Across France, the wine industry has had a terrible 2021 growing season. Early on, in April, devastating frosts caused damage at about 80 per cent of the country’s vineyards, and through to last month, when Provence was hit by some of the worst wildfires France has seen in decades.
So for Champagne lovers, news that the region’s harvest has officially started as of September 6 may come with a sigh of relief. However, it also comes with an unfortunate statistic: The Comité Champagne — the appellation’s official trade association — announced that as much as 60 per cent of the region’s yield may already be lost due to this year’s poor weather conditions.
Specifically, the Comité Champagne says that the 12 days of early frost in April likely cut yields by 30 per cent, followed by “persistent rain” throughout the spring which allowed mildew to claim another 25 to 30 per cent. Making matters worse, the region was hit with hail on “several occasions,” damaging over 1,200 acres of vineyards, with half losing their entire crop — though thankfully that represents less than one per cent of Champagne’s total vines.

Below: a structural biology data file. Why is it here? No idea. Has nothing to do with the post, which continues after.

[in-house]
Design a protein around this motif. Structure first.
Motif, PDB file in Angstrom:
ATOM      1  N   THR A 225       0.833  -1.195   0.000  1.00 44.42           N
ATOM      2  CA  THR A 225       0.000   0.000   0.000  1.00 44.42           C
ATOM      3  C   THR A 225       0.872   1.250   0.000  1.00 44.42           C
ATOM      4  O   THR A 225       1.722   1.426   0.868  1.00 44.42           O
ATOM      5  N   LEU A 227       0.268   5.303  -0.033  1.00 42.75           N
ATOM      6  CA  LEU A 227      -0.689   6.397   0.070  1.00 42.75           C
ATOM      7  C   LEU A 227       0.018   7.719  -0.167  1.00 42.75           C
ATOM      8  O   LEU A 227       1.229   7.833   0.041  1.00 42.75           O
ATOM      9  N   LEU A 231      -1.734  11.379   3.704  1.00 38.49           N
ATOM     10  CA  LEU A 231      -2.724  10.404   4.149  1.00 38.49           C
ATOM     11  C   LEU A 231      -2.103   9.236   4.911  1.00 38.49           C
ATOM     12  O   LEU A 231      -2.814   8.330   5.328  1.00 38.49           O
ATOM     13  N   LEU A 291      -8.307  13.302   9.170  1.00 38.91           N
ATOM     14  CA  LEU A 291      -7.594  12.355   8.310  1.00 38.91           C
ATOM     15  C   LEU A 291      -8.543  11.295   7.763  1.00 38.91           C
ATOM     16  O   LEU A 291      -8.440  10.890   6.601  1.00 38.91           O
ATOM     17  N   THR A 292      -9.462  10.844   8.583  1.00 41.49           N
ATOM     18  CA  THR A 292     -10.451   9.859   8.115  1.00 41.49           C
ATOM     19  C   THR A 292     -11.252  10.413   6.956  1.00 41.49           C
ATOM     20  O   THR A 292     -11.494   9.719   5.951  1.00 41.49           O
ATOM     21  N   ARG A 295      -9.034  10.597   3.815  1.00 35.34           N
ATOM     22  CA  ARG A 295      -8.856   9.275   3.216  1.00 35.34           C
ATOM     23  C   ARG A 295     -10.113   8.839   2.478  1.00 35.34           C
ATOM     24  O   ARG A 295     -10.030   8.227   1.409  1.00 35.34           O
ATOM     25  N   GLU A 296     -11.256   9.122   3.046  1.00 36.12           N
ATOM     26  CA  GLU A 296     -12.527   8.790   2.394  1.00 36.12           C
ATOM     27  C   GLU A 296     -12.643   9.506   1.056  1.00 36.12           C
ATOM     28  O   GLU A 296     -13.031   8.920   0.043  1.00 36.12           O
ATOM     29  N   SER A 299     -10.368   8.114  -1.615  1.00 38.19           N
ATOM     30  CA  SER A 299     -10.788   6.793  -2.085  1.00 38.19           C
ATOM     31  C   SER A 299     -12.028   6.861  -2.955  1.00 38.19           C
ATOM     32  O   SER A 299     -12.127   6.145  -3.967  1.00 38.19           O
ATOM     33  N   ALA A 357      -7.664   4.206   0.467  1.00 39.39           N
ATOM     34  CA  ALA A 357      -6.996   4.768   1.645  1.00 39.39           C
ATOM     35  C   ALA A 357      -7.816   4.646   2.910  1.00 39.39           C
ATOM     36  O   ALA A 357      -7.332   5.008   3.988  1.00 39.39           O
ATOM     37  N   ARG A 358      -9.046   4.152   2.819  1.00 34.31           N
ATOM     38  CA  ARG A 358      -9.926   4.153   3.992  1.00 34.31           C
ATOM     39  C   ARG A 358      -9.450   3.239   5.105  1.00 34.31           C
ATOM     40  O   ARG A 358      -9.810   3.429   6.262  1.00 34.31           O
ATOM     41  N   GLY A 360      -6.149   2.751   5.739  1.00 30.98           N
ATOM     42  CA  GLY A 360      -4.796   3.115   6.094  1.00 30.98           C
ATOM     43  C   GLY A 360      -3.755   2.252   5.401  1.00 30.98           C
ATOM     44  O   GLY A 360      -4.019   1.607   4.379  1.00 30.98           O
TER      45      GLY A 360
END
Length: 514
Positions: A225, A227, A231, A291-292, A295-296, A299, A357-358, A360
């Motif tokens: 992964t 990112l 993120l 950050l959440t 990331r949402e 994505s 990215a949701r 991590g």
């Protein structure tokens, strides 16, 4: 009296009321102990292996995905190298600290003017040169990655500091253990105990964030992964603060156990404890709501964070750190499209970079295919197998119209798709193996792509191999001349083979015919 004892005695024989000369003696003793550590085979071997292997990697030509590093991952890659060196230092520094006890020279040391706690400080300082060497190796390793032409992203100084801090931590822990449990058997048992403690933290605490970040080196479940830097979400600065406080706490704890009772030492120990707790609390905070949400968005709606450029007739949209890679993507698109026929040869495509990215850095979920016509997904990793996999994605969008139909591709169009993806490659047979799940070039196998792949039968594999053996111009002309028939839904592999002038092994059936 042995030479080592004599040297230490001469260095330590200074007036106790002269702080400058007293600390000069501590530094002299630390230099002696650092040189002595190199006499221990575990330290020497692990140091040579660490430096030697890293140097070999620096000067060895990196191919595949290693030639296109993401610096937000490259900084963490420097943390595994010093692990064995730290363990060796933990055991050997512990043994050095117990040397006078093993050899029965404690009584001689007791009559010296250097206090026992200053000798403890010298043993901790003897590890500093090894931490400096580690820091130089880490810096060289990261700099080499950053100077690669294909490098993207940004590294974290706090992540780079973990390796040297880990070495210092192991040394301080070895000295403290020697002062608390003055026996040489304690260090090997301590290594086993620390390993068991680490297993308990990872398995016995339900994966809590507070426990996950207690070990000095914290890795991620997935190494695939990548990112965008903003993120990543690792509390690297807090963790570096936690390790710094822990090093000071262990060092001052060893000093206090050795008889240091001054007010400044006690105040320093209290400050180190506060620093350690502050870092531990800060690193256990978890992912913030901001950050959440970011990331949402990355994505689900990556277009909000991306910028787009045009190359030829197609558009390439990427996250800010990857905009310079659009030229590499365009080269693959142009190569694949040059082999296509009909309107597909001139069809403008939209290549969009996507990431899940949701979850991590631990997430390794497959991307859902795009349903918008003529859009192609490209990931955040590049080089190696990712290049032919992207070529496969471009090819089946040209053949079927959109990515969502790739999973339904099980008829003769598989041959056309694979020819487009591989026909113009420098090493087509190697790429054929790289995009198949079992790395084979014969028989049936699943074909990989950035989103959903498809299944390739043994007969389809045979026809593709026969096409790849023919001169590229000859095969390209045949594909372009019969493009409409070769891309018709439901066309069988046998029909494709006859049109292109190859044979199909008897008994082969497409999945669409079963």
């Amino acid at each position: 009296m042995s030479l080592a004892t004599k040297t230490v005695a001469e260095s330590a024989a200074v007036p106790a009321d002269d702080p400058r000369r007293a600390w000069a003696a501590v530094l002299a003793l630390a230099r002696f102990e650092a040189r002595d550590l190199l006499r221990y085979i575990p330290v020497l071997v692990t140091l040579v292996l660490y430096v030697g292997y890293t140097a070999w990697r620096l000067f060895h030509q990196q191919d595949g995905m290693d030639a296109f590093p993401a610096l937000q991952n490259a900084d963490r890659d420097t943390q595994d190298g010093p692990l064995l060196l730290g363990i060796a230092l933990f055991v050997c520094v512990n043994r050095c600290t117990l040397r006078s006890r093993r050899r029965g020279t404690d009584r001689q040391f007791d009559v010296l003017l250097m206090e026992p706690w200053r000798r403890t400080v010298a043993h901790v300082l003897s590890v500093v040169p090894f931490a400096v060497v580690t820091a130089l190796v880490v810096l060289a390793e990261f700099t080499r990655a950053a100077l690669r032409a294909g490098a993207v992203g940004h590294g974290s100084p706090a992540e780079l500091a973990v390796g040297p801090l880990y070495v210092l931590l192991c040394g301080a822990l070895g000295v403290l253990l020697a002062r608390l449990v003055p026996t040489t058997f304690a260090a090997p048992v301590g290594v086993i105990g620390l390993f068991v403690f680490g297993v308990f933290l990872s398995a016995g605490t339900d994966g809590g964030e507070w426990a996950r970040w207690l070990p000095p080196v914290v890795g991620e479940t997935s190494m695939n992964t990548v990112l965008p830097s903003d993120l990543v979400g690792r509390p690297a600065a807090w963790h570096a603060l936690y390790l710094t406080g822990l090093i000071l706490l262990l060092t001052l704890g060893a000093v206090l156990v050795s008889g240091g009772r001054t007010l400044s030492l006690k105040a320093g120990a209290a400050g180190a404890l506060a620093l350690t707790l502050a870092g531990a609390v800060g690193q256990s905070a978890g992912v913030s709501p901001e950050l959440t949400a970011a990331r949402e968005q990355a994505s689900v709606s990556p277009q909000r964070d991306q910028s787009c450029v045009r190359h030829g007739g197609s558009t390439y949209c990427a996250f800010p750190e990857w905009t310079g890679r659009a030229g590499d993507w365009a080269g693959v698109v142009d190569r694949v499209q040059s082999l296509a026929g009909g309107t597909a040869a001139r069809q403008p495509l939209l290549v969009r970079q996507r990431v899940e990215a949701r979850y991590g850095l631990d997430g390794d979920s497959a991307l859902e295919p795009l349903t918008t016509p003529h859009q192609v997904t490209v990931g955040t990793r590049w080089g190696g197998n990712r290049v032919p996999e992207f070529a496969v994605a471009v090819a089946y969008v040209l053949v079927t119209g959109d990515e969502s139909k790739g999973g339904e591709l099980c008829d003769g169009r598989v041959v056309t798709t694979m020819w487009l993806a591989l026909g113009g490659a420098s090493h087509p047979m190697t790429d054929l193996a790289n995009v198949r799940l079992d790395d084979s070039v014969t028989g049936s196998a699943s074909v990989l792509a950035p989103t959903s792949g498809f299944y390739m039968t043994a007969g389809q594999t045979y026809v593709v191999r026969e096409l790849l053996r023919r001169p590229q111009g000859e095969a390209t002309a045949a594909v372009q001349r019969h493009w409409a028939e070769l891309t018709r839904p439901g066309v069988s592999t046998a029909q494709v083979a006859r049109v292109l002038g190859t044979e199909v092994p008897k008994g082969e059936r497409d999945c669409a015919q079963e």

Yet despite all the damage, optimism prevailed as the harvest got underway, sticking with the familiar mantra that a drop in quantity will not mean a drop in quality. “The people of Champagne are accustomed to working in difficult conditions,” Jean-Marie Barillère, co-president of the Comité Champagne, stated. “They take pride in dealing with each year’s conditions to produce the great wine that is Champagne.”
And no matter how small the harvest may be, the region says drinkers shouldn’t be worried about any major Champagne shortages. The Comité Champagne actually runs a region-wide reserve stock system where producers are required to set aside wine during bountiful years to help fulfil demand after any poor season like 2021. The moral: No matter how bad a year Champagne has, they are committed to having enough champagne to toast the next one.
This story first appeared on www.foodandwine.com
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